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33rd International Conference on Pediatrics, Neonatology and Pediatric Nursing, will be organized around the theme “”

PEDIATRIC CONGRESS 2024 is comprised of keynote and speakers sessions on latest cutting edge research designed to offer comprehensive global discussions that address current issues in PEDIATRIC CONGRESS 2024

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Diabetes mellitus, also known as just diabetes, is a metabolic condition that raises blood sugar levels. Insulin is a hormone that transports sugar from the blood into your cells where it can be stored or utilised as fuel. When you have diabetes, your body can't use the insulin it does make or doesn't produce enough of it.

Diabetes-related high blood sugar left untreated can harm your kidneys, nerves, eyes, and other organs. However, you can safeguard your health by learning about diabetes and taking measures to prevent or control it.

There are several varieties of diabetes:

Type 1: Diabetes type 1 is an autoimmune condition. The immune system targets and kills insulin-producing cells in the pancreas. Uncertainty surrounds the attack's origin.

Type 2: When your body gets resistant to insulin, type 2 diabetes develops and blood sugar levels rise. About 90% to 95%Trusted Source of people with diabetes have type 2, making it the most prevalent kind.

Diabetes gestational: Diabetes gestational is excessive blood sugar when pregnant. This form of diabetes is brought on by substances the placenta secretes that block insulin.

Type 1 diabetes in children is a condition in which your child's body no longer produces an important hormone (insulin). Your child needs insulin to survive, so the missing insulin needs to be replaced with injections or with an insulin pump. Type 1 diabetes in children used to be known as juvenile diabetes or insulin-dependent diabetes. The diagnosis of type 1 diabetes in children can be overwhelming, especially in the beginning. Suddenly you and your child — depending on your child's age — must learn how to give injections, count carbohydrates and monitor blood sugar. There's no cure for type 1 diabetes in children, but it can be managed. Advances in blood sugar monitoring and insulin delivery have improved blood sugar management and quality of life for children with type 1 diabetes.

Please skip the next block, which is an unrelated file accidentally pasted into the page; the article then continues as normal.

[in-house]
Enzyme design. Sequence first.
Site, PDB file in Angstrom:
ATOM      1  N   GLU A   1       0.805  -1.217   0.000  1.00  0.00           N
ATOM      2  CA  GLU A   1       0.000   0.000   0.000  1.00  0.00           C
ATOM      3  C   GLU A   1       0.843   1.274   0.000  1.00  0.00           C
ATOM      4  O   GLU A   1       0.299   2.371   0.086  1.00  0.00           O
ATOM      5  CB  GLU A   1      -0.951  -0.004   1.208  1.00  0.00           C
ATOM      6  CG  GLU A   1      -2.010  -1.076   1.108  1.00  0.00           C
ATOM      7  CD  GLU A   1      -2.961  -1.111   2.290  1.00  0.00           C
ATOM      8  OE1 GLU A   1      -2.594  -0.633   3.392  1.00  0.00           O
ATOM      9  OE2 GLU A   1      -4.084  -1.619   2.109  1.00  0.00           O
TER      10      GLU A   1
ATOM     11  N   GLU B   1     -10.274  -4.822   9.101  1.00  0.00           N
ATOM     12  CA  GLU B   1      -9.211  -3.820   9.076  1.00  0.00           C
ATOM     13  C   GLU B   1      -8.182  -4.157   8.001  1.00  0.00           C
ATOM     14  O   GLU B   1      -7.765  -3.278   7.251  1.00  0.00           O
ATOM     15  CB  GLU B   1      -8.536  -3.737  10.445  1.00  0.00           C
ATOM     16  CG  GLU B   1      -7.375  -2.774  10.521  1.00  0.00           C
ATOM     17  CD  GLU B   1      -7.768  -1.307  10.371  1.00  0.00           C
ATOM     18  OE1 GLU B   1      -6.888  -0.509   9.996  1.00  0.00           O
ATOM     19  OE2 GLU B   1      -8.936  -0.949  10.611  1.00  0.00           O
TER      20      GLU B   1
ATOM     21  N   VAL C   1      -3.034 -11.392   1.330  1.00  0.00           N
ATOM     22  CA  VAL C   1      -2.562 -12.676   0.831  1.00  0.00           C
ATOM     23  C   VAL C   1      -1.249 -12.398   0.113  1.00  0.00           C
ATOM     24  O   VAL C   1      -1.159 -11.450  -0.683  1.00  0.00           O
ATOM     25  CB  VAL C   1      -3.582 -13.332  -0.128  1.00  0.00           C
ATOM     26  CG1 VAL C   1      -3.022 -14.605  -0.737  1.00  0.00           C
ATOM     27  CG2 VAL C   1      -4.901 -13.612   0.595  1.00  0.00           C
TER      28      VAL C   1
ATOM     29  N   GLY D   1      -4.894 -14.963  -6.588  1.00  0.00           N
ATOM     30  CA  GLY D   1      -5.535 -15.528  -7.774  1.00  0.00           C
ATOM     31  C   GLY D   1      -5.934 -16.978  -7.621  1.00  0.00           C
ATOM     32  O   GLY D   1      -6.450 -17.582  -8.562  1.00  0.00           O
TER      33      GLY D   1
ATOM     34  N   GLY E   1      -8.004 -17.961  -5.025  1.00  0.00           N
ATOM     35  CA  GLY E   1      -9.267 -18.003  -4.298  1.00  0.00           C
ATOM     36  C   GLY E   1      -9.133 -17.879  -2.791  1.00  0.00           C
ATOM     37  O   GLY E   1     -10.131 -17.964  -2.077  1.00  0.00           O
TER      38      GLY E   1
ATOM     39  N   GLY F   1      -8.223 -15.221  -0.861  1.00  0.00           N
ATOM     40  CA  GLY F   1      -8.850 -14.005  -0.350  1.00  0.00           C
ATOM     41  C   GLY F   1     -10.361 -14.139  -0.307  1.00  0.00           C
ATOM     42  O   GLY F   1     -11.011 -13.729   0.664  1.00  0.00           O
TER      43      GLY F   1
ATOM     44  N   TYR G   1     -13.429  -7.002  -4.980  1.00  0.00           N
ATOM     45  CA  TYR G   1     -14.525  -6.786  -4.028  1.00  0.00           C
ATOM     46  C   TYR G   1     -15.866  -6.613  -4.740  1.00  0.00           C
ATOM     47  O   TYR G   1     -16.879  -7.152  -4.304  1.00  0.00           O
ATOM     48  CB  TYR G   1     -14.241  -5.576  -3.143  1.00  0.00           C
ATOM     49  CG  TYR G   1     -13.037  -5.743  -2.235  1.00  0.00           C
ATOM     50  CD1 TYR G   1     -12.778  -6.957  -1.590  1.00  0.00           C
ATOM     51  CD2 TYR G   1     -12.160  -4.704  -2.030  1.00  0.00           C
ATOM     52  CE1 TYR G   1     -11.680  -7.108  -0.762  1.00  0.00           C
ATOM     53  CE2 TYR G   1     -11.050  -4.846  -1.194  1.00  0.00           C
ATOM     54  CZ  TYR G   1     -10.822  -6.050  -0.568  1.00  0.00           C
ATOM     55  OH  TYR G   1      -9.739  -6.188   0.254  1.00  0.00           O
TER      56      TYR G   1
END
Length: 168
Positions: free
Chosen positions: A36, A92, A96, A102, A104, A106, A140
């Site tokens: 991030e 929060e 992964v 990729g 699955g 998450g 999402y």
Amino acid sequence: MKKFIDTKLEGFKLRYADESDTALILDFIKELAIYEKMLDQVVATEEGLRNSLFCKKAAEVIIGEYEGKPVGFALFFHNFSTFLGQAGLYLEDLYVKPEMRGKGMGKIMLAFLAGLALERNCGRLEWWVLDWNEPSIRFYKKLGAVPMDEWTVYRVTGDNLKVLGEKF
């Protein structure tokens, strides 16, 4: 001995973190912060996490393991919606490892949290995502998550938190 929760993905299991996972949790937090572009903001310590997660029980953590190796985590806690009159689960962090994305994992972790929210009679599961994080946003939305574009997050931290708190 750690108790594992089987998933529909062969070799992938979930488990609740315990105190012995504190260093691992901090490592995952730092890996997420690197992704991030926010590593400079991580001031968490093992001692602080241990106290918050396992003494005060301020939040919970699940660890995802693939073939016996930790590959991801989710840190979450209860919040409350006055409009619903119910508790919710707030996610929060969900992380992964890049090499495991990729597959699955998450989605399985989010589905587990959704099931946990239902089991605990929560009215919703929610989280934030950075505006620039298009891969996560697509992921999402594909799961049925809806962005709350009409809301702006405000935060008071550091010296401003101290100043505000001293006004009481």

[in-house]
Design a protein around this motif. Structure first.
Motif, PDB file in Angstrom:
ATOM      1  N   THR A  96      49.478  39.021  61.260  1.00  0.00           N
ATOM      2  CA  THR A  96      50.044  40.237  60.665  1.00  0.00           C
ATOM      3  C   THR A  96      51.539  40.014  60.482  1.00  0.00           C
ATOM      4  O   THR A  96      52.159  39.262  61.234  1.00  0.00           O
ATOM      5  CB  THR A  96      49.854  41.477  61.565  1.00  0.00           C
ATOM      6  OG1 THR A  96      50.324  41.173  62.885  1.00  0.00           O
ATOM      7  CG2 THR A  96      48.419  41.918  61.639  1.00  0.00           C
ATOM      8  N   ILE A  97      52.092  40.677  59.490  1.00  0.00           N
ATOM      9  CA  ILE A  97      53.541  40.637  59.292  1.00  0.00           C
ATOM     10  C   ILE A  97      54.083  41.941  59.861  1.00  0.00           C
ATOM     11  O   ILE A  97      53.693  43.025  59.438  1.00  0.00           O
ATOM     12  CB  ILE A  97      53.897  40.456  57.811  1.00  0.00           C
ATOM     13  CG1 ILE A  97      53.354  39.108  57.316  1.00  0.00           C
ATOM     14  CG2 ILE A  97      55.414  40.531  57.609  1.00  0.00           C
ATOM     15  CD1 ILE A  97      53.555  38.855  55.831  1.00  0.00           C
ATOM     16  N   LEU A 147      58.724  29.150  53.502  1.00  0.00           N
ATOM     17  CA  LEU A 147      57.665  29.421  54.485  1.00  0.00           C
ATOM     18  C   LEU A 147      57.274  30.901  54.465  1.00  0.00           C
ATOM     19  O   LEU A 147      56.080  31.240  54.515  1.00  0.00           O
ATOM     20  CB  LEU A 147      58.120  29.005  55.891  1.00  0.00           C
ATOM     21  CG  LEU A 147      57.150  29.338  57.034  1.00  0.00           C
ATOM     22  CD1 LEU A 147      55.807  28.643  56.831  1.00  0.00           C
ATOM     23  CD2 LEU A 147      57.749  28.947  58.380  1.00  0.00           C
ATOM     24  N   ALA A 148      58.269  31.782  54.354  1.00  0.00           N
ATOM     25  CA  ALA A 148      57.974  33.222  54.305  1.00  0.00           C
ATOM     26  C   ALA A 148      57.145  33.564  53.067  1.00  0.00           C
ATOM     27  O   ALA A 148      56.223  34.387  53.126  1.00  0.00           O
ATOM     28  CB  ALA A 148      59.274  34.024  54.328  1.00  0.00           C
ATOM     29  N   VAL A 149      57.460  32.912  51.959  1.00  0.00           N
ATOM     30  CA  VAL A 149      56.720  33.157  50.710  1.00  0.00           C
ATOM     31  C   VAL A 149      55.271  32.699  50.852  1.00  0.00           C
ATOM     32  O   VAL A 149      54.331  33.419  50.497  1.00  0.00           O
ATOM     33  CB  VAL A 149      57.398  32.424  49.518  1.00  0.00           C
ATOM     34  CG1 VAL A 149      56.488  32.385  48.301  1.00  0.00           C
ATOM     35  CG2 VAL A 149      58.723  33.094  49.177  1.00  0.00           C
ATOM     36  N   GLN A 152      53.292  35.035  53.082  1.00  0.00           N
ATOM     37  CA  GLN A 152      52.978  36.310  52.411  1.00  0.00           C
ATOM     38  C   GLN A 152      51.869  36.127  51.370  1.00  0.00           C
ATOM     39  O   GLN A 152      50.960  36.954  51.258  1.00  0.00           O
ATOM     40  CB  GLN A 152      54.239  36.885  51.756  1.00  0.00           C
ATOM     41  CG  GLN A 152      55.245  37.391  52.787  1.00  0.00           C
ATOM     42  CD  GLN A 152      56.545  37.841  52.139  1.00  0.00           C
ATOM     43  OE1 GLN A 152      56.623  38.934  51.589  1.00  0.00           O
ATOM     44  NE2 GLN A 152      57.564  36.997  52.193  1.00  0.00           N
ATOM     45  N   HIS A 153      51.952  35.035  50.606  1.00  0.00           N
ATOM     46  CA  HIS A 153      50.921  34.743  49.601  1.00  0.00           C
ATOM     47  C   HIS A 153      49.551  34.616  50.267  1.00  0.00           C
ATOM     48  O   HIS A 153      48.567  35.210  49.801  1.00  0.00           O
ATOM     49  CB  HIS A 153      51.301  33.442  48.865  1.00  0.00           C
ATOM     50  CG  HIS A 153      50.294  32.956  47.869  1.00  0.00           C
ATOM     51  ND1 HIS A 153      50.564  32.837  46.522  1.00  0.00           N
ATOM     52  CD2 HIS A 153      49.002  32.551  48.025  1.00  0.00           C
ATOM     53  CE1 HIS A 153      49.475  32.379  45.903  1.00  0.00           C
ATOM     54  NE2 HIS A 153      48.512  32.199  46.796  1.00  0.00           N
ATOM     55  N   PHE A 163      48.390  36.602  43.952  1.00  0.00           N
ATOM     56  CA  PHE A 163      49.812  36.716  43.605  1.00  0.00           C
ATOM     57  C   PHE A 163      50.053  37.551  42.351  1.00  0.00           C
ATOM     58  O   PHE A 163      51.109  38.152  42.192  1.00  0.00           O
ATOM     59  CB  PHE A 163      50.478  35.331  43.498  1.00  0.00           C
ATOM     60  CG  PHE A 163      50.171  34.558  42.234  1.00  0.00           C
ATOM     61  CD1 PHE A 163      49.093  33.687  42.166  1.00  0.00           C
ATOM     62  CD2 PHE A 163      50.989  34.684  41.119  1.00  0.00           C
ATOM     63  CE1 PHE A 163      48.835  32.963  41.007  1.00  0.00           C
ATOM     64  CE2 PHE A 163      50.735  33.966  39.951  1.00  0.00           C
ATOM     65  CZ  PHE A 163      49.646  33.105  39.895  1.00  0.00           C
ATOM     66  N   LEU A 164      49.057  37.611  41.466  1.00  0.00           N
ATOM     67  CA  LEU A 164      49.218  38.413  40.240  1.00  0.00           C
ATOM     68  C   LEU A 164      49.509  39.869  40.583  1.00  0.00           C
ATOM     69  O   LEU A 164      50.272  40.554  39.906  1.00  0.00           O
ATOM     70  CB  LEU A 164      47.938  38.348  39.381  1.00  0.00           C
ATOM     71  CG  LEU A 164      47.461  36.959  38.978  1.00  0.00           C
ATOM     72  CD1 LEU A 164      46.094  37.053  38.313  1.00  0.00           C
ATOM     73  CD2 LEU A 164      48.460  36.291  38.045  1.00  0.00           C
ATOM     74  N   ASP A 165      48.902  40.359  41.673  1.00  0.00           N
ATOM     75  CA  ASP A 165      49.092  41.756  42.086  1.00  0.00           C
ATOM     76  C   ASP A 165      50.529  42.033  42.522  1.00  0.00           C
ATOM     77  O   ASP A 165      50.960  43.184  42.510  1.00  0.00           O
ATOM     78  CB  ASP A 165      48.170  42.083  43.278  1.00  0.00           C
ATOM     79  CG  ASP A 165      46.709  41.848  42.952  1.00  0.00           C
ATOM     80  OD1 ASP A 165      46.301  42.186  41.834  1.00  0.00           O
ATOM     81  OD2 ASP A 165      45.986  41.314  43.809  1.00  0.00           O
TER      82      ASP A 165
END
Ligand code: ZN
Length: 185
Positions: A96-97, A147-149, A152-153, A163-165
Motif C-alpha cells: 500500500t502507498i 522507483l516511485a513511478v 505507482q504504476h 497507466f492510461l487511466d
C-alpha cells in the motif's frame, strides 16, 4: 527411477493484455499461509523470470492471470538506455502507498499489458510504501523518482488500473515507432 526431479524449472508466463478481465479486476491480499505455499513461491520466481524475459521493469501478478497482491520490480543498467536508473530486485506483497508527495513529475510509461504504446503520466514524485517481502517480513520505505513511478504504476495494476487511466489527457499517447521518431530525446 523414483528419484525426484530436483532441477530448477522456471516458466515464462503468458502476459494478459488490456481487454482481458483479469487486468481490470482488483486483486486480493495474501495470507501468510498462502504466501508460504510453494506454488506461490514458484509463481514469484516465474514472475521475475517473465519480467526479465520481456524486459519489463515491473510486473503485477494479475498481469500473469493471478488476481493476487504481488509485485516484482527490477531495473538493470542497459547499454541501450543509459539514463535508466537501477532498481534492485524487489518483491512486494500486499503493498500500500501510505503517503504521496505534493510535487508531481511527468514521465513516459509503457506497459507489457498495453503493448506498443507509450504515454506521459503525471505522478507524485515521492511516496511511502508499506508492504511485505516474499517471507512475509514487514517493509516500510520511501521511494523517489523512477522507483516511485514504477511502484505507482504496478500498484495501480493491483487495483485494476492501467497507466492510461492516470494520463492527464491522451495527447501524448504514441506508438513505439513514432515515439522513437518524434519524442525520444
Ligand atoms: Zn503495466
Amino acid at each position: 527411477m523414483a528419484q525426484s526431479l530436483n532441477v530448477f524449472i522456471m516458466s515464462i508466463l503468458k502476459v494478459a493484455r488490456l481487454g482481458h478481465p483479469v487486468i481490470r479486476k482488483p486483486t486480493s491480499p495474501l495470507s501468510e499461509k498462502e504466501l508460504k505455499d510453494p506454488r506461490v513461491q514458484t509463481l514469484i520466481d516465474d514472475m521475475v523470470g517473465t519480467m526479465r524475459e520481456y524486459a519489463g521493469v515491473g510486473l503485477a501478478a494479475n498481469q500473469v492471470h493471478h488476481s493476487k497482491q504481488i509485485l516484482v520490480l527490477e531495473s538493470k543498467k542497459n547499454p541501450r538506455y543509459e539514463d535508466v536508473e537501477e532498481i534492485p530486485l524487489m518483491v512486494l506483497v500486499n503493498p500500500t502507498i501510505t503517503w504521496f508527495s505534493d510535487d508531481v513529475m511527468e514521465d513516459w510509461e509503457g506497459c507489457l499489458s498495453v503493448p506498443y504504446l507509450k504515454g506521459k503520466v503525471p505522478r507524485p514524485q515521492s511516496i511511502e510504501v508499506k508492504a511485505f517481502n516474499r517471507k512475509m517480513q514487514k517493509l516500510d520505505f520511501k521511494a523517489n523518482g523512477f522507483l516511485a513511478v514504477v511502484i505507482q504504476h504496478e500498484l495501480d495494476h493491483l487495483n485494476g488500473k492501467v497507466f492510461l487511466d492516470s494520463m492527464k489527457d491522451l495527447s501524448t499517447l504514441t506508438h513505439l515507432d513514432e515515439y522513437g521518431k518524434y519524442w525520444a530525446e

Newborn infants, more precisely those that are under four weeks old, are referred to as neonates. This is a highly vital stage in a baby's development because it's when things like eating routines are formed, when parent-child bonding starts, and most significantly, when the infant is most vulnerable to infections that could go serious. Congenital flaws or birth abnormalities are also noted at this stage.

As a neonate, the infant is going through a lot of changes as it learns to adapt to life outside of the womb. Its physiological systems, like the immune system and lungs, are still developing and require more protection from potential infection sources.

The preferred form of sustenance is breast milk. The American Academy of Pediatrics (AAP) advises introducing appropriate solid food between the ages of 6 months and 1 year after a minimum of 6 months of exclusive breastfeeding. After a year, breastfeeding can continue for as long as the mother and baby want it to, but it should only be used as a supplement to a balanced diet that includes solid meals and fluids. Practitioners should start conversations about breastfeeding before conception, outlining the several benefits: Benefits for the child's diet and brain development as well as defence against infection, allergies, obesity, Crohn's disease, and diabetes. Reduced fertility during lactation; quicker recovery to prepartum health (e.g., weight loss); and protection from osteoporosis, obesity, ovarian cancer, and premenopausal breast cancer for the mother

The evaluation, diagnosis, and treatment of congenital and acquired cardiovascular issues in foetuses, infants, children, adolescents, and young adults are the focus of the medical speciality known as paediatric cardiology.